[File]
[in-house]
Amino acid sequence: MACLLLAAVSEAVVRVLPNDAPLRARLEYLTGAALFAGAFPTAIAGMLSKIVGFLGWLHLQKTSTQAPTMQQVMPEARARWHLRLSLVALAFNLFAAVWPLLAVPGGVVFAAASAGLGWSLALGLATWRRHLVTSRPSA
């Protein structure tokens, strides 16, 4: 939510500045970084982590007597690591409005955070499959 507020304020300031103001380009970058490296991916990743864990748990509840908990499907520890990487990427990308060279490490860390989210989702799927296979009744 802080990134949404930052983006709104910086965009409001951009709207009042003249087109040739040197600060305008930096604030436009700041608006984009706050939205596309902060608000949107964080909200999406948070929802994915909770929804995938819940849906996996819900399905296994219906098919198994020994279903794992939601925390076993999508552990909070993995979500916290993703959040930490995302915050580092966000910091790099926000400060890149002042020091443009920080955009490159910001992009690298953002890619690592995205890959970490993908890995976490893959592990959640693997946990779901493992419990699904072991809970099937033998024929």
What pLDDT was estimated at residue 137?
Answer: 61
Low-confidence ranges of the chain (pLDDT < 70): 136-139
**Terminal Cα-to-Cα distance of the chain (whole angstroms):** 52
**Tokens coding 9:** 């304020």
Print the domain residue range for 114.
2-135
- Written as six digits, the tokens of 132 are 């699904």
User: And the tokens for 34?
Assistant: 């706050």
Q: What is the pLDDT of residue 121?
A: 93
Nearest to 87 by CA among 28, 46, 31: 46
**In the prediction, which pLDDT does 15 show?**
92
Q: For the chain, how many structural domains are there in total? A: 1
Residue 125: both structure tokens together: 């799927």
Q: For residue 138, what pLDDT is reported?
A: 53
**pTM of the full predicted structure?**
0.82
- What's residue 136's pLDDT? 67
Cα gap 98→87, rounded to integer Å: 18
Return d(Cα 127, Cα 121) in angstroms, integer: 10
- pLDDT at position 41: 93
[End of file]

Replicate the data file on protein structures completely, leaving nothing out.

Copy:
[in-house]
Amino acid sequence: MACLLLAAVSEAVVRVLPNDAPLRARLEYLTGAALFAGAFPTAIAGMLSKIVGFLGWLHLQKTSTQAPTMQQVMPEARARWHLRLSLVALAFNLFAAVWPLLAVPGGVVFAAASAGLGWSLALGLATWRRHLVTSRPSA
């Protein structure tokens, strides 16, 4: 939510500045970084982590007597690591409005955070499959 507020304020300031103001380009970058490296991916990743864990748990509840908990499907520890990487990427990308060279490490860390989210989702799927296979009744 802080990134949404930052983006709104910086965009409001951009709207009042003249087109040739040197600060305008930096604030436009700041608006984009706050939205596309902060608000949107964080909200999406948070929802994915909770929804995938819940849906996996819900399905296994219906098919198994020994279903794992939601925390076993999508552990909070993995979500916290993703959040930490995302915050580092966000910091790099926000400060890149002042020091443009920080955009490159910001992009690298953002890619690592995205890959970490993908890995976490893959592990959640693997946990779901493992419990699904072991809970099937033998024929």
What pLDDT was estimated at residue 137?
Answer: 61
Low-confidence ranges of the chain (pLDDT < 70): 136-139
**Terminal Cα-to-Cα distance of the chain (whole angstroms):** 52
**Tokens coding 9:** 């304020």
Print the domain residue range for 114.
2-135
- Written as six digits, the tokens of 132 are 């699904």
User: And the tokens for 34?
Assistant: 């706050």
Q: What is the pLDDT of residue 121?
A: 93
Nearest to 87 by CA among 28, 46, 31: 46
**In the prediction, which pLDDT does 15 show?**
92
Q: For the chain, how many structural domains are there in total? A: 1
Residue 125: both structure tokens together: 């799927």
Q: For residue 138, what pLDDT is reported?
A: 53
**pTM of the full predicted structure?**
0.82
- What's residue 136's pLDDT? 67
Cα gap 98→87, rounded to integer Å: 18
Return d(Cα 127, Cα 121) in angstroms, integer: 10
- pLDDT at position 41: 93